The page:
Defiance At It's Best

January 3, 2012
By Anonymous

I slowly walked into the small, beige-walled room. There was a dim lamp sitting on an old fashioned, chestnut table with white doilies in the left corner. Next to the table was a cherry colored, leather chair. The whole room smelled of pumpkin. I love that smell. I sat at the sandy couch parallel to the chair and table. I was almost too comfortable. My buttocks felt as if it were being hugged by a plush, stuffed animal. I sat there being awkwardly engulfed by the couch, twiddling my thumbs, and tapping my feet, for what felt like half an hour. Yet every time I looked at the clock, the minute hand seemed to be frozen in time.

A small, round, red-cheeked man walked in the room. If he were only a few inches shorter, he would definitely been considered a dwarf—or a midget, whatever is “politically correct.”

This was the man they expected me to spill my innermost secrets too? They, my parents, must have been developing dementia. After my last therapist, Miss Stanke, I would have assumed they’d pick someone a little less vulnerable—maybe go for a big wrestler resembling some type of cross between Rocky and The Hulk. Instead, they got a midget Santa Claus. I was just waiting for his little midget reindeer to walk in the door behind him. Then his secretary closed the door, and I was trapped with old Saint Nick.

He pulled out a little note pad and started vigorously writing. Usually this doesn’t start happening until I’ve been thoroughly poked and prodded. I wondered if he was new to this. Maybe I should take the notepad and he should be eaten by this weird couch, I thought.

I noticed I had been staring at him through squinty eyes. It’s not that I try to act like that; my emotions are just very clearly illustrated on my face. He looked up at me and I wiped the small pool of drool forming in the corner of my mouth. What can I say? I was bored. So many different therapists or “friends” as they would call themselves, and still nobody could help me. I was, as my peers would call, a head case: defiant, scared, and completely unwilling to cooperate with my feelings.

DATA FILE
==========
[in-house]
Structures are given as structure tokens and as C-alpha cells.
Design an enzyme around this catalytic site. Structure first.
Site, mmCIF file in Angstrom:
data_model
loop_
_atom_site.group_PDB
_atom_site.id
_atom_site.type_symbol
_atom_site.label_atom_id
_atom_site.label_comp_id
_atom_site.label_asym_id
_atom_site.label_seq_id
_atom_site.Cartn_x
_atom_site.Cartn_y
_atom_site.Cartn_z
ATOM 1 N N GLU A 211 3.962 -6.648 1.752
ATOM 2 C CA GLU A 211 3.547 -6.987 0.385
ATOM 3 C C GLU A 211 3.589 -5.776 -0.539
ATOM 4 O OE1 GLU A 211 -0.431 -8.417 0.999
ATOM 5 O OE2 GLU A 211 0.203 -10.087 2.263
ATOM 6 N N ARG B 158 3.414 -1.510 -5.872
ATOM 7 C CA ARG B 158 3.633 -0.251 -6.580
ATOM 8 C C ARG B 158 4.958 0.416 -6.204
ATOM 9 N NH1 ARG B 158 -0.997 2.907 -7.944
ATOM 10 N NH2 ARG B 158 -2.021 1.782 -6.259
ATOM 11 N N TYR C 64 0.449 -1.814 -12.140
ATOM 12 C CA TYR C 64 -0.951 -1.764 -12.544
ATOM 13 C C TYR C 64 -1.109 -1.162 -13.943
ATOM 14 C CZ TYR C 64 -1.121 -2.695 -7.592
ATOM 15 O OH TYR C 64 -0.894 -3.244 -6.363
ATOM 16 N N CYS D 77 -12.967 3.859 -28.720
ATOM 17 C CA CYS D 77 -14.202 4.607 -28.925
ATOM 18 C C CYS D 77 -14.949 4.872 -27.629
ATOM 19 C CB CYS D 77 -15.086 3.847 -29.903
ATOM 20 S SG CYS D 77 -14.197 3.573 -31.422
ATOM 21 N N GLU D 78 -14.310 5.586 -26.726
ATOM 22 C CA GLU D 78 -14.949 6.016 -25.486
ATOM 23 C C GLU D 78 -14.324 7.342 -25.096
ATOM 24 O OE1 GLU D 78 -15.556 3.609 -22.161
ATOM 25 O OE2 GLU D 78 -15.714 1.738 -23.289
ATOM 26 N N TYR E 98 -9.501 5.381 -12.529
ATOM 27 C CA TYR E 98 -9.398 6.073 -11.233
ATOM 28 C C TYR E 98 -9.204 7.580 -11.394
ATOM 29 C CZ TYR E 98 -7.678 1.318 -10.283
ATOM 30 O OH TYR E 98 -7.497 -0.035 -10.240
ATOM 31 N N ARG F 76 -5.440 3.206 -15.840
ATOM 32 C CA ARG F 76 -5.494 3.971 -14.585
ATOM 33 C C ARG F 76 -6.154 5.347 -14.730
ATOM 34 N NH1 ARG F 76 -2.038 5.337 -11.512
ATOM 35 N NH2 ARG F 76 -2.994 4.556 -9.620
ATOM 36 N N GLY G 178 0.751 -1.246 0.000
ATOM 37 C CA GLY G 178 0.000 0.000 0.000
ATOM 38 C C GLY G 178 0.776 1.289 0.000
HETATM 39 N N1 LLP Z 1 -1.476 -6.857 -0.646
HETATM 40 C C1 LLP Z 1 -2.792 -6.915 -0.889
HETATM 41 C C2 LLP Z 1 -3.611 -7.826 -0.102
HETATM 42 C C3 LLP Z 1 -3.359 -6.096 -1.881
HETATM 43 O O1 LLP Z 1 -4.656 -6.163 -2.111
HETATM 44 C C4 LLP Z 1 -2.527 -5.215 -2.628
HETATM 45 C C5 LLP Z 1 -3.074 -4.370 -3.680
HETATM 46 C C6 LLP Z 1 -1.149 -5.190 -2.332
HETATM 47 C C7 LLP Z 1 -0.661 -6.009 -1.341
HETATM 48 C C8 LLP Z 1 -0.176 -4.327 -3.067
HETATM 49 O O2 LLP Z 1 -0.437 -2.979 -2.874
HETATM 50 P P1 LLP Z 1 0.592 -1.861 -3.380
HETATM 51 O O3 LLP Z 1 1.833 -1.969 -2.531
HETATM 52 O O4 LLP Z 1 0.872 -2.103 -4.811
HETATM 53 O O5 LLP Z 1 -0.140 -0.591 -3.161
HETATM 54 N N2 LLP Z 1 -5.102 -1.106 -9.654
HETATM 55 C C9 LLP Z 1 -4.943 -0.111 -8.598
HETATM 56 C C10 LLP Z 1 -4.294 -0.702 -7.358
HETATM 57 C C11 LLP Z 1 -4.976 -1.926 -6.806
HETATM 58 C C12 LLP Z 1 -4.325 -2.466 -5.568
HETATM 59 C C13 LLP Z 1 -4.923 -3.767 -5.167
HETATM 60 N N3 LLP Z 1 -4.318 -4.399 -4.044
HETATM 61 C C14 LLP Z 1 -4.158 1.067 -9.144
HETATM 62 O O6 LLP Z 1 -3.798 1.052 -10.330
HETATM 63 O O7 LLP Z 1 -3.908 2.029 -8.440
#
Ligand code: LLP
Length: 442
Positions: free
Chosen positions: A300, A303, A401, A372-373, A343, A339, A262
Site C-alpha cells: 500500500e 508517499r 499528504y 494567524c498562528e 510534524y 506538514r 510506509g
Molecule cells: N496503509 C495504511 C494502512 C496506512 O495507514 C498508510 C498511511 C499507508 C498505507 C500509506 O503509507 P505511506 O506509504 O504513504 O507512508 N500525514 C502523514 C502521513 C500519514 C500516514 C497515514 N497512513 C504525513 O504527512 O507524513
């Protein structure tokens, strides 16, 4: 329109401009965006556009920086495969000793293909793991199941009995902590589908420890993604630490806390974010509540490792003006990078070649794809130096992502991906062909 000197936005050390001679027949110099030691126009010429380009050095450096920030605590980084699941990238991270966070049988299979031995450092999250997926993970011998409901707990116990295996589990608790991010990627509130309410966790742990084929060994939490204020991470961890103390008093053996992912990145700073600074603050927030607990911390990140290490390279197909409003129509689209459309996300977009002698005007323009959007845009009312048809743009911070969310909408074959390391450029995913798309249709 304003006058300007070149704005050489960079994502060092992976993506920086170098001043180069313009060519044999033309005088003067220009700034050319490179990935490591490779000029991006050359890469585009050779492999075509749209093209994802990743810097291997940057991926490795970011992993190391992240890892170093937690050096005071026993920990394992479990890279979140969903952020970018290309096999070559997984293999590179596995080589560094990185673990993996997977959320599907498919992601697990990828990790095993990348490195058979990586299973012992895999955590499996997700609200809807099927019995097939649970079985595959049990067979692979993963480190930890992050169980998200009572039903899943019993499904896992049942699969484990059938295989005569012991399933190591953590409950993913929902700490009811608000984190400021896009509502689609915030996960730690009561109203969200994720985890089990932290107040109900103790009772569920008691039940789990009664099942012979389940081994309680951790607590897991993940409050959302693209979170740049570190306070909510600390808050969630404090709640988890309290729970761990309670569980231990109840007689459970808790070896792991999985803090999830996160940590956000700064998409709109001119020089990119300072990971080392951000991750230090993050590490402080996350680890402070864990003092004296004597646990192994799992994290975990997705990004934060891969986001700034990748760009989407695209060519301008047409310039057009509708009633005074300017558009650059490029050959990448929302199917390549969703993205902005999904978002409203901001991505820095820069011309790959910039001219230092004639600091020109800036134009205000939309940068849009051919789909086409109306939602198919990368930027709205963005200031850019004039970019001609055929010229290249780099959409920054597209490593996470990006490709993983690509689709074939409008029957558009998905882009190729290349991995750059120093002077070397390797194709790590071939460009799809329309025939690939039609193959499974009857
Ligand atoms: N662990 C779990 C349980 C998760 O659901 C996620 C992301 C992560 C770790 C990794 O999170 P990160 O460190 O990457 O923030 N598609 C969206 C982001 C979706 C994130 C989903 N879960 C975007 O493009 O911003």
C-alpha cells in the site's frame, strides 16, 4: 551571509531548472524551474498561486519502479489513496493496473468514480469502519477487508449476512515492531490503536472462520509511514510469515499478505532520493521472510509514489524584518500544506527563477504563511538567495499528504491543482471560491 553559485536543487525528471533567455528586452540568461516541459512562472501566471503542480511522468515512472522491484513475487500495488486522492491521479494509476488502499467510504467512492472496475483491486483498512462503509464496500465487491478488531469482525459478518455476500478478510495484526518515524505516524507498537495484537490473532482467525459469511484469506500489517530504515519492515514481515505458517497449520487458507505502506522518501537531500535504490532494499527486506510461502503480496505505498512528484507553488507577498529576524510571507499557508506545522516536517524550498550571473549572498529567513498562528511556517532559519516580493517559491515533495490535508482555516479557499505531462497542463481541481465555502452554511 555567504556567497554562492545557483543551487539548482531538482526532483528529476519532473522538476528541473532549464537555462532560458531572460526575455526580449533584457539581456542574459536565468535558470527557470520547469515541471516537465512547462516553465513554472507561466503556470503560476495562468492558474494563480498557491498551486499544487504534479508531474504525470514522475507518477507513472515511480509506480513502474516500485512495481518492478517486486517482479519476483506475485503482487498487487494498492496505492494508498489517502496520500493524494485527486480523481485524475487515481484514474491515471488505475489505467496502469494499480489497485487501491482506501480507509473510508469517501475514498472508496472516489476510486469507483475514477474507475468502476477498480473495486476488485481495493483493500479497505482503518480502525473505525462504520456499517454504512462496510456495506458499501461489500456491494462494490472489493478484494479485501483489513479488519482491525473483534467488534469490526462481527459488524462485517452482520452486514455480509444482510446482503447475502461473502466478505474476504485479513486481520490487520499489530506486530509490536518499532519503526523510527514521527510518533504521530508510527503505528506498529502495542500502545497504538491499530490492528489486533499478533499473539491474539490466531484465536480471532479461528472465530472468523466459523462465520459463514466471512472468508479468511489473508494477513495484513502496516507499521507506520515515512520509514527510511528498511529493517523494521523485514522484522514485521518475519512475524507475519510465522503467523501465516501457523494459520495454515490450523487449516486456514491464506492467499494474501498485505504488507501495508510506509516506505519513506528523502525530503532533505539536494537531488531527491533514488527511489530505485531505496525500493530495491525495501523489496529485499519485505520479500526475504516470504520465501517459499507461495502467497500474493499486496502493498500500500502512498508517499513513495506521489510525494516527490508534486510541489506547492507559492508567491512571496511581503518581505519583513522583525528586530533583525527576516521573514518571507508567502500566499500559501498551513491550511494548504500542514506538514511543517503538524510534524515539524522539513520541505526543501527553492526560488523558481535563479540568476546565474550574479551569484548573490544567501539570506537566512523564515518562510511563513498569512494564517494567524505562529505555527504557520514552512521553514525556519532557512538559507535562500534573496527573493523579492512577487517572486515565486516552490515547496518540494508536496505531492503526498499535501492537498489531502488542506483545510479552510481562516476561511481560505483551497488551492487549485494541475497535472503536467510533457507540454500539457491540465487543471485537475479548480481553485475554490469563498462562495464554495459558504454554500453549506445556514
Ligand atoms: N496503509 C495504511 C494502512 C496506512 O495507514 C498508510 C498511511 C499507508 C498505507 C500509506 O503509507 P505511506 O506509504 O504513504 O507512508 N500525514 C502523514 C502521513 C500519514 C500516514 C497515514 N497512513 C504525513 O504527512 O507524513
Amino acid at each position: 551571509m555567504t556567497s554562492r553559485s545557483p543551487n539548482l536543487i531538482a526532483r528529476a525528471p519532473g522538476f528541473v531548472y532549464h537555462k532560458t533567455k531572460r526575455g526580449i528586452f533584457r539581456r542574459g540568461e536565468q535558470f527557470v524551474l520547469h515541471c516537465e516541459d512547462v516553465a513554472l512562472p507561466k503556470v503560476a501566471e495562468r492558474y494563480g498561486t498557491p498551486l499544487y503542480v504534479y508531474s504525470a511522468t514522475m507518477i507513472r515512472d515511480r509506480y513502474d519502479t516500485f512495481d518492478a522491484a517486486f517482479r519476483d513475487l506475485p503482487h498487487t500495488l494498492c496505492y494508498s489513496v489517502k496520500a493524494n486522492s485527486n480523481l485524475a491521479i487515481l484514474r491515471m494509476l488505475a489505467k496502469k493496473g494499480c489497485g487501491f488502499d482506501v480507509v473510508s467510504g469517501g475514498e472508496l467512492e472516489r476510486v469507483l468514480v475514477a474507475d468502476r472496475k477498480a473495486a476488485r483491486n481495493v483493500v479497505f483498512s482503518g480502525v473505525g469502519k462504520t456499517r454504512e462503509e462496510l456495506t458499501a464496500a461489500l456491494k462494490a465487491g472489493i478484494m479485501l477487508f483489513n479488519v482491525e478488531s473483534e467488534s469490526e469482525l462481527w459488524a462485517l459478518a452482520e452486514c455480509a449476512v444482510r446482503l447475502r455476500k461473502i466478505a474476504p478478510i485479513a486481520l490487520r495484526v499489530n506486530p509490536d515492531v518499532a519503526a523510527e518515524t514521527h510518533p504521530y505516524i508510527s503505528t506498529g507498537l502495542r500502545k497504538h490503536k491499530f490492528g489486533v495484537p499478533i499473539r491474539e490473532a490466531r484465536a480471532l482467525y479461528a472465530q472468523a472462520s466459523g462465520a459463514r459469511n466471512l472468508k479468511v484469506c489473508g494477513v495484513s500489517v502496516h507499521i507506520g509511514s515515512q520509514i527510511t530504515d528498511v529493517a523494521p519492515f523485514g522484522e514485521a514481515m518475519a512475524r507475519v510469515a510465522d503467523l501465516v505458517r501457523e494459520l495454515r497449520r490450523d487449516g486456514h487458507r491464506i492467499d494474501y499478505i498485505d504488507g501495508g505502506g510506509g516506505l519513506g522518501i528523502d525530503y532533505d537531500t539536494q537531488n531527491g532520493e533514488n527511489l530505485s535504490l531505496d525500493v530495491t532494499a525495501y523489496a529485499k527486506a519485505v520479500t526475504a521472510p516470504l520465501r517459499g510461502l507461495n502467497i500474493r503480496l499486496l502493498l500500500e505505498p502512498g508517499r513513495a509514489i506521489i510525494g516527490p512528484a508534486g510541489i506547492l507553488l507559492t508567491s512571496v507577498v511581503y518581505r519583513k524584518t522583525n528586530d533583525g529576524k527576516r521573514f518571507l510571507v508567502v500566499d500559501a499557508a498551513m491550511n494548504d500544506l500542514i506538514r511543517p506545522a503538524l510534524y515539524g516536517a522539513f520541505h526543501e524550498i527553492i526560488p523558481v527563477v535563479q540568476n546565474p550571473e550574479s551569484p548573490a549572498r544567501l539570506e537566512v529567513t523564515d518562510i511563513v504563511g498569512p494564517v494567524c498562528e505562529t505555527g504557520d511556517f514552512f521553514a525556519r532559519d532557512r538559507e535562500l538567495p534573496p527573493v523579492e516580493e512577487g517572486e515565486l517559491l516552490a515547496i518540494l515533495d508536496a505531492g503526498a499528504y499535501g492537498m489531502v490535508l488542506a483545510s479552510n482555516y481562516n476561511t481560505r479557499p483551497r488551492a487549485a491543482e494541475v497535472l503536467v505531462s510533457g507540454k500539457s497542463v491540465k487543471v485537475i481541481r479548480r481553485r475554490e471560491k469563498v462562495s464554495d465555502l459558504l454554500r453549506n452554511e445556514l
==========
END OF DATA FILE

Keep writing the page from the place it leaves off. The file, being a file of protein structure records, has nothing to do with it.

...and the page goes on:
The little Santa man looked at me, with his beady little eyes. Was he going to say anything?? Then, as if reading my mind, he asked me, “So, are you going to say anything?” Then it hit me that this guy wasn’t going to be like the past 4 therapists. He didn’t give me that puppy-dog-eyed pout face. He didn’t start out with “How was your day?”—no; he started out with a snide, angry “So, are you going to say anything?” For the first time since I was diagnosed with seasonal affliction disorder, for the first time since my parents had gotten a divorce, and for the first time since I was raped by my boyfriend, I took a good look at somebody else’s life. I stepped out of my own little bubble of problems, and saw a man who seemed tired, lonely, annoyed, and I wasn’t helping. That was when the tears started to fall, and for the first time in my life, I talked about my problems: honestly, truthful, and heartfelt.

People say that the third time’s the charm. For me, it was the 5th. Mr. 5 is what I call him when I go to visit him every Sunday. He is the man who made me realize that, even though I have problems, I don’t have to deal with them alone. Therapists are meant to be friends, and I’m glad I finally took the time to figure that out.

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